Debt collectors can contact you directly when creditors sell your unpaid debt to a collection agency. Fraudsters posing as legitimate debt collectors may also target you, using deception or intimidation to collect debts you don’t owe or they don’t have the authority to collect.

It’s probably not right if something seems off. These are some red flags of debt collection scams.

  1. The Debt Collector Breaks the Law

Debt collectors are prohibited from engaging in many types of abusive or deceptive behavior under the Fair Debt Collection Practices Act (FDCPA). Since fraudulent debt collectors break the law already, they may not be as careful to avoid the following illegal behavior:

  • Threatening you with violence, jail time, or other wrongful consequences.
  • Speaking in vulgar terms.
  • Consistently harassing you by phone.
  • Lying about the amount owed.

Contacting you outside of 8 a.m. and 9 p.m.

  • Contacting you at work if your employer does not allow it.
  • Contacting third parties other than your attorney, credit bureaus, the original creditor or their attorneys regarding your debt.

Just because a debt collector breaks the law doesn’t mean they’re committing fraud. Even if the debt is valid, the debt collector violated your FDCPA rights, and you should document these violations so you can be protected.

  1. Demands for Immediate Payment

Debt collectors may ask you to pay over the phone immediately, but you are not required to do so. Rather, gather more information about the debt; it may be illegitimate, or you may not owe the amount they claim you do.

The FDCPA requires debt collectors to send you a written notice, within five days of first contacting you, containing the amount of your debt, the name of your creditor and instructions for requesting more information or disputing the debt. Within 30 days of your first contact, you can send a verification letter asking for more information, including proof that you owe the debt.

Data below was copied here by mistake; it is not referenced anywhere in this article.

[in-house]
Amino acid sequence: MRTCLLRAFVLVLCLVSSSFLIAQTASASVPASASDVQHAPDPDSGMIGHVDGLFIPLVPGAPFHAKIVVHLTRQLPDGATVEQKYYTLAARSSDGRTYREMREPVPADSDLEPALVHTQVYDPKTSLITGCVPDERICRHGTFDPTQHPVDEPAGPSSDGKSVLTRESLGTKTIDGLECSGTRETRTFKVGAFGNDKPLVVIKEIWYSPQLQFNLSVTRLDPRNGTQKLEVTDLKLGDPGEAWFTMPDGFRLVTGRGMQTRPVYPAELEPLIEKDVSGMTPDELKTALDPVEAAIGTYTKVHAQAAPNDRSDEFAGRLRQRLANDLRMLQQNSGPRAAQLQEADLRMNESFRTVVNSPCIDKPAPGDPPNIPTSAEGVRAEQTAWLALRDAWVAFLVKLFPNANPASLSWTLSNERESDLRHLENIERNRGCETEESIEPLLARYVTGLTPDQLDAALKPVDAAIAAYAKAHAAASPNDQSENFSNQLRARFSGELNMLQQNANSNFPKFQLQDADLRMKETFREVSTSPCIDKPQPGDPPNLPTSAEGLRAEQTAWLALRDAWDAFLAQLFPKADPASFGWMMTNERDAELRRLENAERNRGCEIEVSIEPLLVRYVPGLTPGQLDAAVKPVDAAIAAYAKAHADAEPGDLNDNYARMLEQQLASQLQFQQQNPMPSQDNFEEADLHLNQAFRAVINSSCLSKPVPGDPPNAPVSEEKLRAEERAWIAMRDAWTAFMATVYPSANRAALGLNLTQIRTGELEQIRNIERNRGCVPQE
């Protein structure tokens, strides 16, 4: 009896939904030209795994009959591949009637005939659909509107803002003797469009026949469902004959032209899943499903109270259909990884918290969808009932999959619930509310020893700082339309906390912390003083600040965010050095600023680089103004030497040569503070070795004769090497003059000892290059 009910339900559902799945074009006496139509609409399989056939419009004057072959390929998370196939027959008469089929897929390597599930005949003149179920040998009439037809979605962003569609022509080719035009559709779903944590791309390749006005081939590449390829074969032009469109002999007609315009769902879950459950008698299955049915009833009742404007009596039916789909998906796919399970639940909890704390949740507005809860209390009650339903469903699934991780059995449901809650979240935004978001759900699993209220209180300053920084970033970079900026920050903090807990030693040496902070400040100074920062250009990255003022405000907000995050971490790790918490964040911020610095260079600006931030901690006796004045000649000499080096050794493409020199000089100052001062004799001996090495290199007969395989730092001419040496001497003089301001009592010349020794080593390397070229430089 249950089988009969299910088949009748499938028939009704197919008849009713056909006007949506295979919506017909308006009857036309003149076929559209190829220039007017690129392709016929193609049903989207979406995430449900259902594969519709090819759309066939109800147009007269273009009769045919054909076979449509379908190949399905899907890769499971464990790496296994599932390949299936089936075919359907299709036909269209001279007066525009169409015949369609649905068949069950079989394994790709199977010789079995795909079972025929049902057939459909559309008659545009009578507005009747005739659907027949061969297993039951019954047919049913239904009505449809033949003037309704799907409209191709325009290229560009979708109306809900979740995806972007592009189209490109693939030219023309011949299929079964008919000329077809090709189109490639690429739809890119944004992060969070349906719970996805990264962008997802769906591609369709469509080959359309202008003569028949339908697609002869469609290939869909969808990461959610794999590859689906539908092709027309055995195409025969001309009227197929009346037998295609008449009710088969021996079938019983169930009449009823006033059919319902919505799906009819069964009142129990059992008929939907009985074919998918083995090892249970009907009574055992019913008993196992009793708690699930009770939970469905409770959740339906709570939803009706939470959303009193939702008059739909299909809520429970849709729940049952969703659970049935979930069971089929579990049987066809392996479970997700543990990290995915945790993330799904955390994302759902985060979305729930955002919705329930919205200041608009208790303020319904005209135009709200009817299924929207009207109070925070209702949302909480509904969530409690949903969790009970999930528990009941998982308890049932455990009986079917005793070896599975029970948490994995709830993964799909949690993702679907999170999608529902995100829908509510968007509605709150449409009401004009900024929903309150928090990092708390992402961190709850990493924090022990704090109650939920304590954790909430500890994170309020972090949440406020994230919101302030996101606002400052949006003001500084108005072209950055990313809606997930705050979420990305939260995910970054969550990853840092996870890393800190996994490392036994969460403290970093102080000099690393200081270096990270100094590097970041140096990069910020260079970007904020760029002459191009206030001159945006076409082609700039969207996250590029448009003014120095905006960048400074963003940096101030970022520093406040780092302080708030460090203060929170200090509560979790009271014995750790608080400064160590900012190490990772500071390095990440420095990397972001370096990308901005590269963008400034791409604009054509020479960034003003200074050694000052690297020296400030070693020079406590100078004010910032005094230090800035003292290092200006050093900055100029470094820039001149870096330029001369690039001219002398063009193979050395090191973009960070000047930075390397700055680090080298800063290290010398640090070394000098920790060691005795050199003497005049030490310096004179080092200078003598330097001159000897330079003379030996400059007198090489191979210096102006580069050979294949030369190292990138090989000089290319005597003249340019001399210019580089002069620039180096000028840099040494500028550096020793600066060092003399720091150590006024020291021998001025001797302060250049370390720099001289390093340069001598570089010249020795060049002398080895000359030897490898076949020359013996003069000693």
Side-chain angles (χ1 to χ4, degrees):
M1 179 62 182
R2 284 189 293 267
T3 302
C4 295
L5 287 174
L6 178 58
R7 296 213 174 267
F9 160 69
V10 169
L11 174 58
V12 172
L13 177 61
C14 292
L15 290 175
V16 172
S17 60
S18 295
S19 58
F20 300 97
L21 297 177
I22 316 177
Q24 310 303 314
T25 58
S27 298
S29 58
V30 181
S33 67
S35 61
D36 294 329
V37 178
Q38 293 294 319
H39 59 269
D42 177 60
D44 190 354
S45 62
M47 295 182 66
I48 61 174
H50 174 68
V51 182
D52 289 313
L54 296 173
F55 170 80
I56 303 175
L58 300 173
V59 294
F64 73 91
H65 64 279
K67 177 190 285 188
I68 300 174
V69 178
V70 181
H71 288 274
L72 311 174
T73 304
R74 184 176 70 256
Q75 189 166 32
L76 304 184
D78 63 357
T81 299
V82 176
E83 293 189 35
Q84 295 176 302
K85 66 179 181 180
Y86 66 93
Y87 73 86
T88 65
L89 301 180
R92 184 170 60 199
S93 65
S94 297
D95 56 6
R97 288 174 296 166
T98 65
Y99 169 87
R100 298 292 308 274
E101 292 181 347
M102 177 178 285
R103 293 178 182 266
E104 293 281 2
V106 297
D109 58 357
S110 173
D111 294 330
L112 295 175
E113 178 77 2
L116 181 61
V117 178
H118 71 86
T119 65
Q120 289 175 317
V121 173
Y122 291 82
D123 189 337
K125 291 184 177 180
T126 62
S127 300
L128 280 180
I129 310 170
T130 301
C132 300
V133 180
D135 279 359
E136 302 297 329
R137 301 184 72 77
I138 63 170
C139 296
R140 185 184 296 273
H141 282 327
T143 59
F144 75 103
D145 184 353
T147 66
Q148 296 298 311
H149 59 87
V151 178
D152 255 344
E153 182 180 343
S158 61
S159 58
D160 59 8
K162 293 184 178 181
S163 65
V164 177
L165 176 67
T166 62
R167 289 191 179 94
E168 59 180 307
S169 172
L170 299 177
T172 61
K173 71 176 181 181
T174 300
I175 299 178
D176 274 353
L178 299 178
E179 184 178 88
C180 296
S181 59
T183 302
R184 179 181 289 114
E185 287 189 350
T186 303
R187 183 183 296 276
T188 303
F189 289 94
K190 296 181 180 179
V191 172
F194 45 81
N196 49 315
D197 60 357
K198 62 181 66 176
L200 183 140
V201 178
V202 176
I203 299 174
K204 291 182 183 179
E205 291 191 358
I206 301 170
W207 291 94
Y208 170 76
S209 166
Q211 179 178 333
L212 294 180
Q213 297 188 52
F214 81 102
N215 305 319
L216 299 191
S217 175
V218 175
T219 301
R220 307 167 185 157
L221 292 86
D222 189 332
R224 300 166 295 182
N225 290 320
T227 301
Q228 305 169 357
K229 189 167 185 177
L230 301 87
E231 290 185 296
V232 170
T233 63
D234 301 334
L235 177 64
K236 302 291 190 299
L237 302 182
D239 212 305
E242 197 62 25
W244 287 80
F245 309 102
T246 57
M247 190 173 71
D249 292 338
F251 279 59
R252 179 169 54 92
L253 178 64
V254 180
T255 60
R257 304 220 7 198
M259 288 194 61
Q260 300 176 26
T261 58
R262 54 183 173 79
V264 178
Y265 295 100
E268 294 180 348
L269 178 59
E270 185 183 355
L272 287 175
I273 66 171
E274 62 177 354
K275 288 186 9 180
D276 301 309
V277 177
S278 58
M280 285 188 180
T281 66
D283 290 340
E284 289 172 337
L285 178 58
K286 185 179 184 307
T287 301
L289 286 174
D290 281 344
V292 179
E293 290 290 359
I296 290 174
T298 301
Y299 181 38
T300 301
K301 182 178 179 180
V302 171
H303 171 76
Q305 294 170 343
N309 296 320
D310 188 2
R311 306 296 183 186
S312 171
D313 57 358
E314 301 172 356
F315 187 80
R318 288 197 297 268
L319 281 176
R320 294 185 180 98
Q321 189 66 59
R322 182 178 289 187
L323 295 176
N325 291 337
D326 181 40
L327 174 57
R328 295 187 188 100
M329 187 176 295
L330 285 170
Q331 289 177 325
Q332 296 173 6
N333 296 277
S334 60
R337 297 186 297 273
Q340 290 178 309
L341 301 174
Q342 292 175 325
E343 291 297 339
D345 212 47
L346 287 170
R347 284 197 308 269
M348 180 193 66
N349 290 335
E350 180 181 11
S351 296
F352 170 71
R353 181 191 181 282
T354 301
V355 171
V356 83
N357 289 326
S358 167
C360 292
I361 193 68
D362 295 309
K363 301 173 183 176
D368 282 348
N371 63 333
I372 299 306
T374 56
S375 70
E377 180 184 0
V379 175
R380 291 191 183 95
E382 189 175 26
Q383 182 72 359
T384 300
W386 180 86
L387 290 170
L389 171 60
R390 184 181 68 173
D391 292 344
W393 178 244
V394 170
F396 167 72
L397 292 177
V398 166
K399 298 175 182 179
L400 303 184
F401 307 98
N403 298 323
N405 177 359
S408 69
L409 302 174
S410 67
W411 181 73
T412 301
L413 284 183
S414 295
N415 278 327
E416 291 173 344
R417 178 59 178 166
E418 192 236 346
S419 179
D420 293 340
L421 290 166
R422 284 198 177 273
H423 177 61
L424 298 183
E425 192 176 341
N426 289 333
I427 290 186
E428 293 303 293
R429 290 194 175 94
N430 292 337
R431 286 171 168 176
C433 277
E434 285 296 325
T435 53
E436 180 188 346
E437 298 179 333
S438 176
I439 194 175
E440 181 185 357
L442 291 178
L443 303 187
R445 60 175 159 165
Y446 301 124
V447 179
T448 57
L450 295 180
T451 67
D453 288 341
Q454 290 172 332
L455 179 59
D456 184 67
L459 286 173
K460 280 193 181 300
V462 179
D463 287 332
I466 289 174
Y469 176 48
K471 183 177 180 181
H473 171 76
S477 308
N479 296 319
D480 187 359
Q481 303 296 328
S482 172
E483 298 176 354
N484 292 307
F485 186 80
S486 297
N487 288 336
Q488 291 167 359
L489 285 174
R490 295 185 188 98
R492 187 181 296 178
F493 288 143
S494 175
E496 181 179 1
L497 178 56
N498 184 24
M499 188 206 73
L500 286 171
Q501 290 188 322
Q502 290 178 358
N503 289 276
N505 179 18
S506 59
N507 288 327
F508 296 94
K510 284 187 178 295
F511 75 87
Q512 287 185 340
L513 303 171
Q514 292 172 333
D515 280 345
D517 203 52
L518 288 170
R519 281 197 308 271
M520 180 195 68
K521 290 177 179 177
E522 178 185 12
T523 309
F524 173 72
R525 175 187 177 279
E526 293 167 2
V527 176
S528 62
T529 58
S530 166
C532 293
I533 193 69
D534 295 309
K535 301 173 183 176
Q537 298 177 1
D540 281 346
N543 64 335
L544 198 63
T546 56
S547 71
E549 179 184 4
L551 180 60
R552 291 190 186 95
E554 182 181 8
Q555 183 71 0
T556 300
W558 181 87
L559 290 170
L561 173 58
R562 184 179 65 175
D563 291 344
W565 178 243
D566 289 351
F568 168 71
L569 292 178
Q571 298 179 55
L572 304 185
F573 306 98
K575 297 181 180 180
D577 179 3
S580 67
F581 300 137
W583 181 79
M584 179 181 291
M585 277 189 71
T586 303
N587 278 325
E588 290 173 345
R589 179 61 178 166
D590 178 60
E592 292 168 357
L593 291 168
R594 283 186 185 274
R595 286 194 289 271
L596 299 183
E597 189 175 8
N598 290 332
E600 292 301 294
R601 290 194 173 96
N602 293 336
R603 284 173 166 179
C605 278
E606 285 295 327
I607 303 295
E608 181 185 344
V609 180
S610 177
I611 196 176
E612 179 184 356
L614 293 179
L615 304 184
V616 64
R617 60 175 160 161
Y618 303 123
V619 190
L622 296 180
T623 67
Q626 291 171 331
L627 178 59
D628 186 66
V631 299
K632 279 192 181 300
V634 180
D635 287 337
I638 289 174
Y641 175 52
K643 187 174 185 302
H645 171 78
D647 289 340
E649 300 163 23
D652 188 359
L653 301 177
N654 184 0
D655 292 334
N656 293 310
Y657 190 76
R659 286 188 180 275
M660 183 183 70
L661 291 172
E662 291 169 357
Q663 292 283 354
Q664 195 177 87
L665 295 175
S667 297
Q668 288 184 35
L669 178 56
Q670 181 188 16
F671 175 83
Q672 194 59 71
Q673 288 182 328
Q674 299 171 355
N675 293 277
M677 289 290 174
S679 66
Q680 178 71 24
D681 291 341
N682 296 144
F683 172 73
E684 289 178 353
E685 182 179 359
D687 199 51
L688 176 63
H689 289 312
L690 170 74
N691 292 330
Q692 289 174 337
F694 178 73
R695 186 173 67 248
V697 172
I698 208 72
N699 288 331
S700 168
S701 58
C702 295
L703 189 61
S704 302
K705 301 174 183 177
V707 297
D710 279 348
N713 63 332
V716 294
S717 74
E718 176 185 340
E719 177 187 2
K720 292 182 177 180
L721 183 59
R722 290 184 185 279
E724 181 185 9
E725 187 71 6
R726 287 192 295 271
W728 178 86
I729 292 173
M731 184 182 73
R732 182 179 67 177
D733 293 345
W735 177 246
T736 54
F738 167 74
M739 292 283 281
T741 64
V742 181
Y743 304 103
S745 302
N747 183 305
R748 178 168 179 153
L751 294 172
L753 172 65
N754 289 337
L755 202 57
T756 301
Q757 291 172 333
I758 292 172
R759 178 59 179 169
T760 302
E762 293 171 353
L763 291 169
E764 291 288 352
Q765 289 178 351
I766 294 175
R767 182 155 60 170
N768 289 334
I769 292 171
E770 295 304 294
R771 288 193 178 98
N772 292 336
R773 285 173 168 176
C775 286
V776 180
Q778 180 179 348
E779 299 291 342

Whatever you do, don’t immediately pay over the phone. Make sure that the debt is legitimate before you pay.

  1. Unusual Payment Methods

The “debt collector” asking you to pay your debt with gift cards, wire transfers or some other unusual payment method is a big red flag. Once they’ve been sent, these payment methods are more difficult to track and recover.

  1. Demands for Personal Information

You shouldn’t have to provide details about your bank account, credit card number, Social Security number, or any other personal information to a debt collector. They might be trying to rack up fraudulent charges on your accounts or commit identity theft if they ask for this information. Do not give them any sensitive information.

What to Do When You Get Called About a Debt

You can take these steps if you get a call from someone claiming to be a debt collector:

  • Document everything. Record and save every call, letter, and other communication you receive. Write down the names of all the people you speak to, the name of the debt collection agency (including its phone number and street address) and everything you discuss.
  • Request more information. When a debt collector contacts you, ask for a debt validation letter that provides more information within 30 days. The debt collector should be able to provide more information upon request if the debt is legitimate. It is a sign the collector cannot or won’t provide more information if the debt is illegitimate, or if they can’t back up their collection efforts. Do your own research and gather as much information as you can if you believe the debt is real.
  • Ask them to stop calling. To stop the debt collector from calling, send a written request to the business address asking to cease communication. While this will not erase the debt, it can prevent legitimate debt collectors from contacting you other than to confirm that they can stop calling you and to inform you of any further actions like a lawsuit.
  • File a complaint. To report scams or illegal behavior, you can contact the Consumer Financial Protection Bureau and your state’s attorney general’s office. Detailed information should be included in your report.

Is your personal information on the dark web? Make sure your identity isn’t at risk!